The Post and The Shape of Water show diverse styles of Spielberg, del Toro
These are not great days for those in the media game. The reporting business has been racked by major setbacks: the take-over by profit-driven conglomerates; the trivialization of news from the 24/7 cable beast; the more recent disgraces of high-profile journalist-harassers; and most of all, the demeaning howl of “fake news” popularized by the sitting President.
All that is distressing, even nauseating for those of us who value the importance of the media and view exceptional journalists as modern-day heroes. Well, director Steven Spielberg with his new film, The Post, has just the cure: a taut, cerebral thriller about how The Washington Post broke the Pentagon Papers story and held the federal government accountable for its disinformation campaign about the true state of the Vietnam War.
In 1971, The Post was not the revered national newspaper and journalistic exemplar that it is today. Rather, it was a family business in a smallish eastern city that just happened to be the national capital. D.C. socialite Katharine Graham had assumed the role of publisher upon the premature death of her husband, a position of authority and responsibility that was much more uncommon for a woman in those days.
Then, Daniel Ellsberg, a military analyst, leaked a classified study that revealed decades of government deception about Vietnam to several newspapers, and The New York Times became the first to publish portions of what became known as the Pentagon Papers. When the Times was enjoined by the Nixon Administration, publisher Graham and her crusty, ambitious editor, Ben Bradlee, were faced with a perilous opportunity: defy the Nixon Administration to break a landmark news story but face repercussions that could include jail.
Spielberg’s telling of this historic event, aided by Liz Hannah and Josh Singer’s rat-a-tat screenplay, contains all the ingredients one wants in a journalism thriller: compelling and eccentric characters, the ink-stained romance of a humming newsroom, a powerful political adversary, and the ever-present pressure of a deadline. And although the dramatic rhythms of this story feel familiar, they do so in a reassuring way, at least for those who see journalists as virtuous, albeit flawed heroes. One especially effective touch: Richard Nixon himself appears as a character, seen only from a distance through windows at the White House with voiceovers provided by his own surreptitious tape recordings.
Spielberg turns to two other Hollywood titans to embody this project. Tom Hanks plays Bradlee with the requisite combination of brusqueness and charm. Meryl Streep is both flighty and flinty as Graham as she comes into her own both as a publisher and a leader. The two of them, who have never worked together on a film before, make their scenes crackle with intensity and gravitas. They are surrounded by a raft of accomplished supporting actors, including Bob Odenkirk, Jesse Plemons, Carrie Coon and Sarah Paulson.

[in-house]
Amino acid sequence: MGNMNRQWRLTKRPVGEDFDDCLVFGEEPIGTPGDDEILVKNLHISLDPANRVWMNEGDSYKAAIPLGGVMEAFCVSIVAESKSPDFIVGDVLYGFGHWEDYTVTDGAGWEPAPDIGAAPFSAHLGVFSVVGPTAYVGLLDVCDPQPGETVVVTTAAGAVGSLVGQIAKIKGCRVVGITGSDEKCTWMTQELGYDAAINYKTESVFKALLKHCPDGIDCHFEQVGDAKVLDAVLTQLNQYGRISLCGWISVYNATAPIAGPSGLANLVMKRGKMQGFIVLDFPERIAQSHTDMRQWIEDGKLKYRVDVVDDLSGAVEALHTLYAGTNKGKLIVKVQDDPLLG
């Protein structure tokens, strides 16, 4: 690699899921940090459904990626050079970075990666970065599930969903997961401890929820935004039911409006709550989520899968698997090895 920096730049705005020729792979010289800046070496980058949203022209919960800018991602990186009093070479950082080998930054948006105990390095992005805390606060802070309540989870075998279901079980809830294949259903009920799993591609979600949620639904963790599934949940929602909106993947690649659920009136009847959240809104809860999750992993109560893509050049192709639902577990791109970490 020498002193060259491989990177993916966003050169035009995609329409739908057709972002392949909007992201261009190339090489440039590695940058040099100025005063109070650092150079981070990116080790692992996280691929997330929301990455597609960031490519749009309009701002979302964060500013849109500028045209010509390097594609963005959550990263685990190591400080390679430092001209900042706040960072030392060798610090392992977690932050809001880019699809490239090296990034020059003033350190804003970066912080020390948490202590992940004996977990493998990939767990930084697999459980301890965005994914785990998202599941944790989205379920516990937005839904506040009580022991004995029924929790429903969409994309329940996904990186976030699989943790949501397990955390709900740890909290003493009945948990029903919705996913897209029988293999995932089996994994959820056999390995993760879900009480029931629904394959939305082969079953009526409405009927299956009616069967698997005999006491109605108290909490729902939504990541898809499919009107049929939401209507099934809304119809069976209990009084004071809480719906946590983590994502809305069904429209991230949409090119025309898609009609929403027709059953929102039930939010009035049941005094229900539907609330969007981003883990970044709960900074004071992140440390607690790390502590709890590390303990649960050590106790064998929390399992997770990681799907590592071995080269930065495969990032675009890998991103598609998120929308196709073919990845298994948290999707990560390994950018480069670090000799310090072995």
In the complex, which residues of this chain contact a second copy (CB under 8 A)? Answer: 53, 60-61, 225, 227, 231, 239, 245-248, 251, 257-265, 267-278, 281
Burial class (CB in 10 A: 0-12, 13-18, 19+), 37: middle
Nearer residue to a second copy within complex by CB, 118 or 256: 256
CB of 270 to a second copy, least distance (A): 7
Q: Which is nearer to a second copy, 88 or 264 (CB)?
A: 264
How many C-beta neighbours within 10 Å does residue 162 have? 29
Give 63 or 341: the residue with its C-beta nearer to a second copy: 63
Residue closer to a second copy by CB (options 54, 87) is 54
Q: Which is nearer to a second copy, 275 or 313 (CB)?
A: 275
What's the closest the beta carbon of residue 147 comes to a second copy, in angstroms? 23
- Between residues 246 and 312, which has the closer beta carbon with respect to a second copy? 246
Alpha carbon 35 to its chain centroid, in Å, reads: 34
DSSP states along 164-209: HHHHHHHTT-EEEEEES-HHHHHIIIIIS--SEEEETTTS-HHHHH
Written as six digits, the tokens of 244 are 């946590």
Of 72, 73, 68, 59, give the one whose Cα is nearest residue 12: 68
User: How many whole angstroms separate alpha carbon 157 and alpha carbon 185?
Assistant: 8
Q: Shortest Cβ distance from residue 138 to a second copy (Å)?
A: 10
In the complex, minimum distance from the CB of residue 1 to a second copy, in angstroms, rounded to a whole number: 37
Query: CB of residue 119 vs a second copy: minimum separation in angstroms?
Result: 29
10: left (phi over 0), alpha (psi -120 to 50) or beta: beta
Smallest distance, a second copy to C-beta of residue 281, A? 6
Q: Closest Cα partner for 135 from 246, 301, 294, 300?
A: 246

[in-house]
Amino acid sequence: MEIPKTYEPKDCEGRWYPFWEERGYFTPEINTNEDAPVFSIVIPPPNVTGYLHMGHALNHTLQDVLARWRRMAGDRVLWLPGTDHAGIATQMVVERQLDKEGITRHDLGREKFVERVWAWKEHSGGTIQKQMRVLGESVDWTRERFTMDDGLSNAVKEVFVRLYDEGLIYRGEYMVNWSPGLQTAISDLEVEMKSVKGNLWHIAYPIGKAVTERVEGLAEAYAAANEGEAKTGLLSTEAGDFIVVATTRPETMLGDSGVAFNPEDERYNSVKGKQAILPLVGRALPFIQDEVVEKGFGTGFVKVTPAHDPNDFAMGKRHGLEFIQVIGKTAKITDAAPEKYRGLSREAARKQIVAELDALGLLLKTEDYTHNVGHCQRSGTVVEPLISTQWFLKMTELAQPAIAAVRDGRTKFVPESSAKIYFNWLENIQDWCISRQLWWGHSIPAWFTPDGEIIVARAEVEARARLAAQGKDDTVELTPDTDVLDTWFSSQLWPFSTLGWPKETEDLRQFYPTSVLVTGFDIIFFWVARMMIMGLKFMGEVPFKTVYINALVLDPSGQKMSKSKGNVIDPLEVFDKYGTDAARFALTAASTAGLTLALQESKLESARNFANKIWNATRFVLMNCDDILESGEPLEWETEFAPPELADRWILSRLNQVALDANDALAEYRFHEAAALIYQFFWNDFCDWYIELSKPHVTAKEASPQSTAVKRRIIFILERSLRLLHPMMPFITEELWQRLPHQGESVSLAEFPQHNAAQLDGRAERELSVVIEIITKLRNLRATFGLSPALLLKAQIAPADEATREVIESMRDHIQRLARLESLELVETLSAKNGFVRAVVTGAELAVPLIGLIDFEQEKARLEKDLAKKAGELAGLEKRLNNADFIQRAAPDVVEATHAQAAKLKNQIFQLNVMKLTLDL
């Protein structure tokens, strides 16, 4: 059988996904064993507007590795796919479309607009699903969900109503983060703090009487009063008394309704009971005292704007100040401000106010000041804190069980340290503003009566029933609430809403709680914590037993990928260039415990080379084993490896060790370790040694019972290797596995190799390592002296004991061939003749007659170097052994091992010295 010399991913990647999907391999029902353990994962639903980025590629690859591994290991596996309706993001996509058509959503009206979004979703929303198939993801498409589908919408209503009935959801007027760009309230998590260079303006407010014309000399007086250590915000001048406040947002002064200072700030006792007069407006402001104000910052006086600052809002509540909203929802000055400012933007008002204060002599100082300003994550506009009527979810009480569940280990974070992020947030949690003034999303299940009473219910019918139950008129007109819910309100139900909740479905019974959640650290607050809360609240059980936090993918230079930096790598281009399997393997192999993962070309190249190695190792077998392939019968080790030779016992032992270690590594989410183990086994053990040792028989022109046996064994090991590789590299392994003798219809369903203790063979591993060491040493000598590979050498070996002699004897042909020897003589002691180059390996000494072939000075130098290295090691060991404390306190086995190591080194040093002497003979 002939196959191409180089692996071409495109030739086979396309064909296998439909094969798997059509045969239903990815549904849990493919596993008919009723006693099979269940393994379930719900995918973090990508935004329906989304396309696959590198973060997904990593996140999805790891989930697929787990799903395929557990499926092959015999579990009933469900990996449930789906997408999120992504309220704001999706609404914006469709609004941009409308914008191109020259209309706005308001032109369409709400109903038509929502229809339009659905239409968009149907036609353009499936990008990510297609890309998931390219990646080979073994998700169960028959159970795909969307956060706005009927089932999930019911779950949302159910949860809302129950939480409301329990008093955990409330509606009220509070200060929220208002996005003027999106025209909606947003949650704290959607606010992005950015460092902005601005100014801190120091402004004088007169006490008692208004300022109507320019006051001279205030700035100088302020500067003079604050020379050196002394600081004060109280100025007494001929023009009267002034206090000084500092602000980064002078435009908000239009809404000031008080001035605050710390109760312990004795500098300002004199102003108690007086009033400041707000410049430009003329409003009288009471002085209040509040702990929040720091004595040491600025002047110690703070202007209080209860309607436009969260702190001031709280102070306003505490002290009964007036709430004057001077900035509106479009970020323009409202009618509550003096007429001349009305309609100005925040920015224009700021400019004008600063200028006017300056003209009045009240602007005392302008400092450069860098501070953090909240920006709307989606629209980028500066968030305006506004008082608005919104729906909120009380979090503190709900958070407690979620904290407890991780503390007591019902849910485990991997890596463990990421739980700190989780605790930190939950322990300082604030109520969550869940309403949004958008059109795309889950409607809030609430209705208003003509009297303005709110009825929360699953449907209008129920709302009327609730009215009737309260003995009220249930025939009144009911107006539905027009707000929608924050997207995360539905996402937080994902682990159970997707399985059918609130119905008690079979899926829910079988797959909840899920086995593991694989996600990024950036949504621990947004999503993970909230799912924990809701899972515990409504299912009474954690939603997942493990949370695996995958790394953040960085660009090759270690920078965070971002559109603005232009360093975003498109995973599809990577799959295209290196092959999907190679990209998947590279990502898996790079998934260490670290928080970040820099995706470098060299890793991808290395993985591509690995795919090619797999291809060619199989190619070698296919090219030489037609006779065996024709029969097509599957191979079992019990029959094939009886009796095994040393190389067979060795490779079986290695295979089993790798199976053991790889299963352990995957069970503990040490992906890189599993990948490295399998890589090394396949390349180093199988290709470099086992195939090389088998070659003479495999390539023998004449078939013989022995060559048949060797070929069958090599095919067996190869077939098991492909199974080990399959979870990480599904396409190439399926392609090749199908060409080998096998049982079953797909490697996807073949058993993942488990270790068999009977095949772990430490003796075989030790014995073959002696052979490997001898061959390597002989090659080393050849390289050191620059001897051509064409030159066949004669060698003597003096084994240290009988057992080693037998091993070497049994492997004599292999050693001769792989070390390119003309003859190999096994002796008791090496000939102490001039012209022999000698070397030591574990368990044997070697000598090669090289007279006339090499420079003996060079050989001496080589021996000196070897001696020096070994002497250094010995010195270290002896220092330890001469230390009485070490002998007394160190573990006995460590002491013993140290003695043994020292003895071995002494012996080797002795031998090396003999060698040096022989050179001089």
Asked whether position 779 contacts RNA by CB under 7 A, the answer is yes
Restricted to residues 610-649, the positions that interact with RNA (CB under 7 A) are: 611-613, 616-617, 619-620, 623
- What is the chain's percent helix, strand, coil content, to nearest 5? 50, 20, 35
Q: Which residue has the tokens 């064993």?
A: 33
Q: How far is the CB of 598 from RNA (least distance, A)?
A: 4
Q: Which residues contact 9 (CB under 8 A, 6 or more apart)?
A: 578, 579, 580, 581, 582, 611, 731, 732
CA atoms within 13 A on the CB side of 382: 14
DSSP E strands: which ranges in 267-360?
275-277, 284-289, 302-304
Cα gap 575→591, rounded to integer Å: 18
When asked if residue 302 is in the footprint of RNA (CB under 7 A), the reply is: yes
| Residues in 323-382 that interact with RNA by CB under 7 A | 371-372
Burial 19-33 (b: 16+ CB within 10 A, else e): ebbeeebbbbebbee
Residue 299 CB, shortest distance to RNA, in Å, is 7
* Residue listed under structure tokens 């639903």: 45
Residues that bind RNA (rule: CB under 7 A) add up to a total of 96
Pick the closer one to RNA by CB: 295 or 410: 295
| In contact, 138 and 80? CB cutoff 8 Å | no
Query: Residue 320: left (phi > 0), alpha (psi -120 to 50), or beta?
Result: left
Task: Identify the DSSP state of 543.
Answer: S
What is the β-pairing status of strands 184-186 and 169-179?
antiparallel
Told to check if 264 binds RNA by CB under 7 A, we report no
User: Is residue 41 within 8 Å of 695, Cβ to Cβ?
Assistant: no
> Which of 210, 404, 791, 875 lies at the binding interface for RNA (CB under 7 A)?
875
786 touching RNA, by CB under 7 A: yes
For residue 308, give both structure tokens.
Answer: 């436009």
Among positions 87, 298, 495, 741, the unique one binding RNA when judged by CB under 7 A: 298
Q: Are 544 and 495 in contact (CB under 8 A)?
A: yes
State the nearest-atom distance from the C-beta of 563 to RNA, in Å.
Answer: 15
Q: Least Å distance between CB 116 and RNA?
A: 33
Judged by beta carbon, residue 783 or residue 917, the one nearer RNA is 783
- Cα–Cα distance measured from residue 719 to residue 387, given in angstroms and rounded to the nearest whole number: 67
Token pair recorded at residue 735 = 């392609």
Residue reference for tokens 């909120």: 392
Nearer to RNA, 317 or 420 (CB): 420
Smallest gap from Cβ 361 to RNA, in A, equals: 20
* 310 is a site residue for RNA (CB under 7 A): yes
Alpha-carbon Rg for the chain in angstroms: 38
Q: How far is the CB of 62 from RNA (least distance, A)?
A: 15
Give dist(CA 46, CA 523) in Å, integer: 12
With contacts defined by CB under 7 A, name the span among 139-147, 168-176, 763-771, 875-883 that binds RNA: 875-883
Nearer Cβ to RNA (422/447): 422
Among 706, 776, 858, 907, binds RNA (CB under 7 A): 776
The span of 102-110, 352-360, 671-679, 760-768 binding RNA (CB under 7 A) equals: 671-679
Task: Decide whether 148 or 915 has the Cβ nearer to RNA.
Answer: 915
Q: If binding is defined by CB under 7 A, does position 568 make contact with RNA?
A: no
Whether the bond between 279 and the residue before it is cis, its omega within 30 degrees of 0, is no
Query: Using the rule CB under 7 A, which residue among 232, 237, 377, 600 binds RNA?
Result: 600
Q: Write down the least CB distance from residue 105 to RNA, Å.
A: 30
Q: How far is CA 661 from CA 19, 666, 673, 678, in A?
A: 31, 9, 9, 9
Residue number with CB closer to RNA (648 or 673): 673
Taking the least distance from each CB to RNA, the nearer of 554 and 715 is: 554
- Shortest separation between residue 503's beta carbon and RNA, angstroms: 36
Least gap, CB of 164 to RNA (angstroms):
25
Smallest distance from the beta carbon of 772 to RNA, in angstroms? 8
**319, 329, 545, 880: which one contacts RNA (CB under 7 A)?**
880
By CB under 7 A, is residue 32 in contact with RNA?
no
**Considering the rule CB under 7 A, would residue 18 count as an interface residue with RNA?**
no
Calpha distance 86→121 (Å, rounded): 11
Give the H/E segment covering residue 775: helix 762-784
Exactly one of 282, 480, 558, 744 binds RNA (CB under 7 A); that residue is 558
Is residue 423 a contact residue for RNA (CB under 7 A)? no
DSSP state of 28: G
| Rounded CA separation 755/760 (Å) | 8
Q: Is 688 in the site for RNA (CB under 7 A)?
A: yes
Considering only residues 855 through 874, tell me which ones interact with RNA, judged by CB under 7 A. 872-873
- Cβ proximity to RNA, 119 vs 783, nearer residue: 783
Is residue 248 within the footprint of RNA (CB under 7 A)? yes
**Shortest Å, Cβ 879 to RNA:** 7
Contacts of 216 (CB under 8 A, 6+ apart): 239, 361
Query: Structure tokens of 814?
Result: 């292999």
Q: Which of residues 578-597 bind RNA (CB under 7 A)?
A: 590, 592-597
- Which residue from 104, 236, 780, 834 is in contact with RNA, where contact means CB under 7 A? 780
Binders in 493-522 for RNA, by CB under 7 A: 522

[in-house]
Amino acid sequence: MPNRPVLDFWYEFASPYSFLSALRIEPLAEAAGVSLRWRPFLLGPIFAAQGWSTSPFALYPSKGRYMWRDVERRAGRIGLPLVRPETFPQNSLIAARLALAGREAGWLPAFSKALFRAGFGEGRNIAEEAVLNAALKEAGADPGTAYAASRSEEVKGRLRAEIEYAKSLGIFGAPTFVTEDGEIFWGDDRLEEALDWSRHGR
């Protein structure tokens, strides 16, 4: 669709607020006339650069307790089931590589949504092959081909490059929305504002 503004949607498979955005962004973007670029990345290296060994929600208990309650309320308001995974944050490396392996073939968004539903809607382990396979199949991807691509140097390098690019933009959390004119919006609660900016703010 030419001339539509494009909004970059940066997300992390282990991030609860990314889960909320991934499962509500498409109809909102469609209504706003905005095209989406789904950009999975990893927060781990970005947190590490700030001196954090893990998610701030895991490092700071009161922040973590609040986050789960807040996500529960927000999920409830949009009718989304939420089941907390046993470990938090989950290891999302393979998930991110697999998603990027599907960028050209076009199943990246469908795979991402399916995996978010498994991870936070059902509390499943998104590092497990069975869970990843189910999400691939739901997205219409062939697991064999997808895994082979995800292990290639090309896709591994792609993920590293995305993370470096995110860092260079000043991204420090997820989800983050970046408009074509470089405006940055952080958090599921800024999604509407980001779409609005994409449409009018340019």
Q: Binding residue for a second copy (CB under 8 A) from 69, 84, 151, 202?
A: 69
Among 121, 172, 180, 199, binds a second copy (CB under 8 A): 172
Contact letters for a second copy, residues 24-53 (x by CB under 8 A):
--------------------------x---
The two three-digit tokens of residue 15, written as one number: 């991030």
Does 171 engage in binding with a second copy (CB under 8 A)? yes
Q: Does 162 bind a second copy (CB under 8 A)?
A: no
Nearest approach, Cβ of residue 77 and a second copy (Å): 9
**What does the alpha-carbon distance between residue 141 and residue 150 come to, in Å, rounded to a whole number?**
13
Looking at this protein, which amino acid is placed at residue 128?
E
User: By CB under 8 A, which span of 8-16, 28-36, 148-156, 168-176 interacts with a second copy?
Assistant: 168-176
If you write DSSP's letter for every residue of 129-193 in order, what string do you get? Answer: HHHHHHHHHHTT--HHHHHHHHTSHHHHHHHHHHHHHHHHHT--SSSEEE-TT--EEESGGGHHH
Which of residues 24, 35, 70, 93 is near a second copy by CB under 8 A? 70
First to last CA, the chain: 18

One can’t watch this film without being mindful of its cinematic forebear, All The President’s Men. After all, that story about Watergate also involves The Washington Post and editor Bradlee. Spielberg doesn’t shy away from the parallel. In fact, the denouement of this Pentagon Papers adventure wryly hints at the Watergate story coming just around the corner.
As both a timely history lesson about the dangers of insular, autocratic government and as a lesson in bravura filmmaking, The Post proves itself to be more than newsworthy.
The Shape of Water
If Spielberg is a verbal film stylist, then Guillermo del Toro is a comparable master of visual cinema, with an emphasis on the fantastic and bestial. His The Shape of Water delights the eyes and exhilarates the imagination.
Set in a secret government research lab in Cold War-era Baltimore, The Shape of Water tells of an unlikely yet completely entrancing romance between a lonely, mute janitor and the non-human lab specimen whom she befriends…The Creature from the Black Lagoon meets Marty.
I don’t want to reveal more of the story, so that viewers can be caught up in del Toro’s magical realism for themselves. But the film is beautifully shot and deftly directed, a dazzling palette of greens, blues, and teals that gradually introduces the occasional punch of red.
Sally Hawkins captivates as janitor Elisa, and del Toro regular Doug Jones is both otherworldly and truly empathetic as the creature. Michael Shannon is enjoyably odious as the cruel lab security chief. Octavia Spencer, Richard Jenkins and Michael Stuhlbarg play Elisa’s friends and collaborators as fully formed characters within the framework of the movie.
One needs a robust suspension of disbelief to buy into the premise of this offbeat love story, but for those willing to make the leap, The Shape of Water will be a provocative treat.
Also opening in February: The 15:17 to Paris, retelling of the train hero story, Feb. 9; eagerly-awaited Marvel film focused on a black superhero, Black Panther, Feb. 16; Alex Garland’s supernatural thriller, Annihilation, and a mystery comedy about board gamers, Game Night, both on Feb. 23.